Tekken Tag Tournament 2: Out Now

Bandai-Namco/1-4 players/Xbox 360, PS3 (version reviewed) and coming soon on WiiU

The King of the Iron Fist Tournament has returned, with the sequel to the PS2 beat-em up, Tekken Tag Tournament. From the outset, TTT2 looks fantastic, with a gloriously rendered, if somewhat daft opening sequence. The fighters and stages look great, particularly  the Christmas and water colour garden stages, although they can end up as a distraction at times (but maybe that’s just MTV damaged mind) with how good they look, and picking up on different things going on in the background. The game boasts an impressive character roster, with many fighters taken from each of the previous games, leaving the player seemingly spoilt for choice. All the old favourites are there, from Jin, Paul, Hiehachi, the Williams sisters and yes, Roger.

There are several modes to choose from in Tekken Tag Tournament 2’s single player. As well as the usual Arcade Mode, there’s Fight Lab, a comprehensive training mode designed for for both newcomers and fans alike, it puts the players through several different tests and tasks, in order to improve the players skill, using the fantastically named training character, Combot. There are a few battle modes, from Team Battle, which is where you choose from 8 different fighters to pit against 8 CPU fighters, Ghost Battle, where the player is tested against an endless assault of AI opponents as well as bog standard Vs Battle where you square up to a second player. Other single player modes include the usual beat-em up main stays of Time Attack (last as long as possible against a succession of fighters), Survival Mode (get through as many fights as possible without being K.O.’d) and Practice, which is pretty much what it says on tin.

The problem with Tekken Tag Tournament 2, as with most fighters these days, is that playing solo can be a shallow experience. Don’t get me wrong, it’s a very enjoyable game, with plenty of features, but scratch away the surface, and there really is little else for anyone other than the die hard beat-em up or Tekken fan. Multiplayer is really where the fun begins. There’s something much more satisfying about having your arse handed to you by some faceless stranger from somewhere else in the world. Probably because you’re getting beaten by someone better than you as opposed to the occasionally spam-tastic AI. Having said that, you can get drawn against the odd button basher. A neat feature of the online mode is the matchmaking screen. Instead of staring at a loading screen, you get the chance to practice with everyone’s favourite stick-man, Mokujin.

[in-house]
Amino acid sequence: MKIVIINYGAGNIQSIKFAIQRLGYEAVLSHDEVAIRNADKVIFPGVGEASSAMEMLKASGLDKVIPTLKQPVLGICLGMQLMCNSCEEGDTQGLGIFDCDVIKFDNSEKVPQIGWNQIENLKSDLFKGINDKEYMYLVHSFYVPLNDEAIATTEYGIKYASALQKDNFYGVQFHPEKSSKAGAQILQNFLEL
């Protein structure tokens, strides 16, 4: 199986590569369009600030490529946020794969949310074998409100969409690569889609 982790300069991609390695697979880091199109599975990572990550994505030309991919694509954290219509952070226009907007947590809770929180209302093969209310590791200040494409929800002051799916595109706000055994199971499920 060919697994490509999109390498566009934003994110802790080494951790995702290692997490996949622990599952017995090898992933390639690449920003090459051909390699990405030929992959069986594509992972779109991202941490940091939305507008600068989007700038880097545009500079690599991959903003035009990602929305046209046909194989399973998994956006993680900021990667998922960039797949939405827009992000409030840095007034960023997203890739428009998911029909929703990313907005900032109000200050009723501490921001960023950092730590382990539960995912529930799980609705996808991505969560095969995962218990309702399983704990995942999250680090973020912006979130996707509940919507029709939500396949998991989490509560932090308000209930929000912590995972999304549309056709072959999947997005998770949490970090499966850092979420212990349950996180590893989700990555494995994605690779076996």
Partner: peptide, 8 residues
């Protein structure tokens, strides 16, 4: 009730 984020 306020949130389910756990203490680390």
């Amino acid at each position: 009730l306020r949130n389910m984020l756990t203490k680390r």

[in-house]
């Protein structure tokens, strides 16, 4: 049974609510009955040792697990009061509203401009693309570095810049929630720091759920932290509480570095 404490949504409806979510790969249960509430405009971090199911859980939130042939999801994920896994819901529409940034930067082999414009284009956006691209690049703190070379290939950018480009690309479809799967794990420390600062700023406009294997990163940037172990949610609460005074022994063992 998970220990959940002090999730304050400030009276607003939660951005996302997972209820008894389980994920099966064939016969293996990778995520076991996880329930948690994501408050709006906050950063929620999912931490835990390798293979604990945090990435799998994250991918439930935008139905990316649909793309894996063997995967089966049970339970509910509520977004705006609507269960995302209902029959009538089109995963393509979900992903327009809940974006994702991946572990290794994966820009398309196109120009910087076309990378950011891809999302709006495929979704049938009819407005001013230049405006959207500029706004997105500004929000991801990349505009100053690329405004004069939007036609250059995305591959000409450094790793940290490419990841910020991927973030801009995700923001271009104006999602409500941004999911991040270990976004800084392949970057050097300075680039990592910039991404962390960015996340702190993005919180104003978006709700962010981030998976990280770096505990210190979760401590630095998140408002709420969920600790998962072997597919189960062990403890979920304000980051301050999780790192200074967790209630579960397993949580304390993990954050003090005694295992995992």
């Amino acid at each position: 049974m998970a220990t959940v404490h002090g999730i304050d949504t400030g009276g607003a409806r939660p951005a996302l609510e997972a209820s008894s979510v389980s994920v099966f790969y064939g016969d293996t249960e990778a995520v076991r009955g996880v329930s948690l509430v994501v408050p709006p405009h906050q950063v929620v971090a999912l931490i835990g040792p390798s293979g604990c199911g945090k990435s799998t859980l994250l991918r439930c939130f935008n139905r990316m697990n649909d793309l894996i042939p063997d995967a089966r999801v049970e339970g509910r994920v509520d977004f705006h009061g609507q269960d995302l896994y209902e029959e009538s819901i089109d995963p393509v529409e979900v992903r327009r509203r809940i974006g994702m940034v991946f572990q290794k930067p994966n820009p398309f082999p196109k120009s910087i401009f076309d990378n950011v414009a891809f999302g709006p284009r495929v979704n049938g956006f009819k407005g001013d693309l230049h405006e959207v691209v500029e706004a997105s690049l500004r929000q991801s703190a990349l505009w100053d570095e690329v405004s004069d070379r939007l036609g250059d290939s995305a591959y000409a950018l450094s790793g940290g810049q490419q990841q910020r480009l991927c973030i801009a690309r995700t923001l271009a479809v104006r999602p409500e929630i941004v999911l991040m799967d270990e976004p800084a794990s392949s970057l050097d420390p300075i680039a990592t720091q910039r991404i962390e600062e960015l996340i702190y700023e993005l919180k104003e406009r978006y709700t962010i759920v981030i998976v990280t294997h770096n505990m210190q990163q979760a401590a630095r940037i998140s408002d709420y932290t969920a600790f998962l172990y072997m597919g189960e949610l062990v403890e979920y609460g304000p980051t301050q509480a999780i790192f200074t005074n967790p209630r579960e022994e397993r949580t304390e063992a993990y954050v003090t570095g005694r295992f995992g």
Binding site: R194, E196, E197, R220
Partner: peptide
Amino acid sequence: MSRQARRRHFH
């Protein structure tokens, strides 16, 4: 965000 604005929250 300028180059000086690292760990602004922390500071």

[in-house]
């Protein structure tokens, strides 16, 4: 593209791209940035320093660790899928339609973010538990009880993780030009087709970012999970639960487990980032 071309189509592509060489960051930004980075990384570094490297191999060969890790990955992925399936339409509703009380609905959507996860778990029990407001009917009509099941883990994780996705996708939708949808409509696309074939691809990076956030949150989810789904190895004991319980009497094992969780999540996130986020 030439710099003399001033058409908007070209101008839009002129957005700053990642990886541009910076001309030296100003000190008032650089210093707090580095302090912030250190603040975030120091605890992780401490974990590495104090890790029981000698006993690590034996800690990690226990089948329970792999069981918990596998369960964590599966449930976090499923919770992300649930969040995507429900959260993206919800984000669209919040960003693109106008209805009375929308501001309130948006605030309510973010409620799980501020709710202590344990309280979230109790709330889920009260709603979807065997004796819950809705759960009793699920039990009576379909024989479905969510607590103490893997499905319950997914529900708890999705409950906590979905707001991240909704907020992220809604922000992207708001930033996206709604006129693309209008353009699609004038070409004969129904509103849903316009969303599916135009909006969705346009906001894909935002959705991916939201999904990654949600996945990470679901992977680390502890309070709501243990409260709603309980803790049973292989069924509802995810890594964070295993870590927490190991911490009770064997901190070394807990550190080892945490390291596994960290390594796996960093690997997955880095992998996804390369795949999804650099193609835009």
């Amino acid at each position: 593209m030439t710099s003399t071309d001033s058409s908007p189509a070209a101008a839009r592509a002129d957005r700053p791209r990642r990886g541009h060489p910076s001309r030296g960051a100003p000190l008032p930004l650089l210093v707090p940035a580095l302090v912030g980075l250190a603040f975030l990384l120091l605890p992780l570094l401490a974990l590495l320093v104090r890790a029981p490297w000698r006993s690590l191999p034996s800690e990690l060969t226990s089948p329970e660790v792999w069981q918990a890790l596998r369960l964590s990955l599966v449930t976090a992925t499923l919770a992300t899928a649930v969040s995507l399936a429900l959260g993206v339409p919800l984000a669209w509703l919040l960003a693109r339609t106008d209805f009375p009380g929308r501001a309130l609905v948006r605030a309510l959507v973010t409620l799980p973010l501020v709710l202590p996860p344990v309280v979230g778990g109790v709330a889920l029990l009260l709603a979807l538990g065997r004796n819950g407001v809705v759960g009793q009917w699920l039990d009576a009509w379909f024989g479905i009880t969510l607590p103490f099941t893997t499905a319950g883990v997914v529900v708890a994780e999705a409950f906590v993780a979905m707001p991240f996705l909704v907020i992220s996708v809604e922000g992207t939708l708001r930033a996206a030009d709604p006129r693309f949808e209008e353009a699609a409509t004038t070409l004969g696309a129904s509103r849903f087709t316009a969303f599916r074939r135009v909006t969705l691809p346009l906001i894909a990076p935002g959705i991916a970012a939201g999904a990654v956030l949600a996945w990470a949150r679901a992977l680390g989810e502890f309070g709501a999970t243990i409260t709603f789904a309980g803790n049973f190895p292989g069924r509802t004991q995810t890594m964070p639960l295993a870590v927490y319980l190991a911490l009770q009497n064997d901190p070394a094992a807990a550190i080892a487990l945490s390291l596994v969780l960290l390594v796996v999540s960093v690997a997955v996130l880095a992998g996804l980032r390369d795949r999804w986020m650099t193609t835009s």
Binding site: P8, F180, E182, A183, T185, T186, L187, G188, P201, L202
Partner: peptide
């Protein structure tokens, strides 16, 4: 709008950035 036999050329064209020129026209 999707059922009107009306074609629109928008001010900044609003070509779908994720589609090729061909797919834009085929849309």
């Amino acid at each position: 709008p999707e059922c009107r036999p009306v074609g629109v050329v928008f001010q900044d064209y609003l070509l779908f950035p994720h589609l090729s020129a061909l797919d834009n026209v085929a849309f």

One of the great features of multiplayer incorporates the titular Tag mode. Tag mode, like a lot of fighters these days, basically, allows you to have an extra fighter on your side, so if one character has taken a pummelling, you can switch to your other fight at the tap of R1/RB. However, it only takes one of your characters to get K.O.’d for the round to end. Team Tag mode allows up to 4 players to jump in on the action, with each player taking control of their own individual character, adding some longevity to proceedings. As well as all the fighting, there’s a neat little mode called Tekken Tunes. This allows you to flick through the sound track, and assign music to the stages and characters of your liking, which is a fun addition, especially if you’re fond of the particularly Japanese gaming soundtracks, such as the J-pop and techno you tend to get with games of Eastern origin.

While Tekken Tag Tournament 2 is good fun, and looks fantastic, unless you’re a long time fan or beat-em up enthusiast, it doesn’t really bring anything new to the table. It’s excellent pick up and play gaming, with the added bonus of some great multiplayer, but on the whole is a limited experience.

Rating: ★★★★★★★☆☆☆

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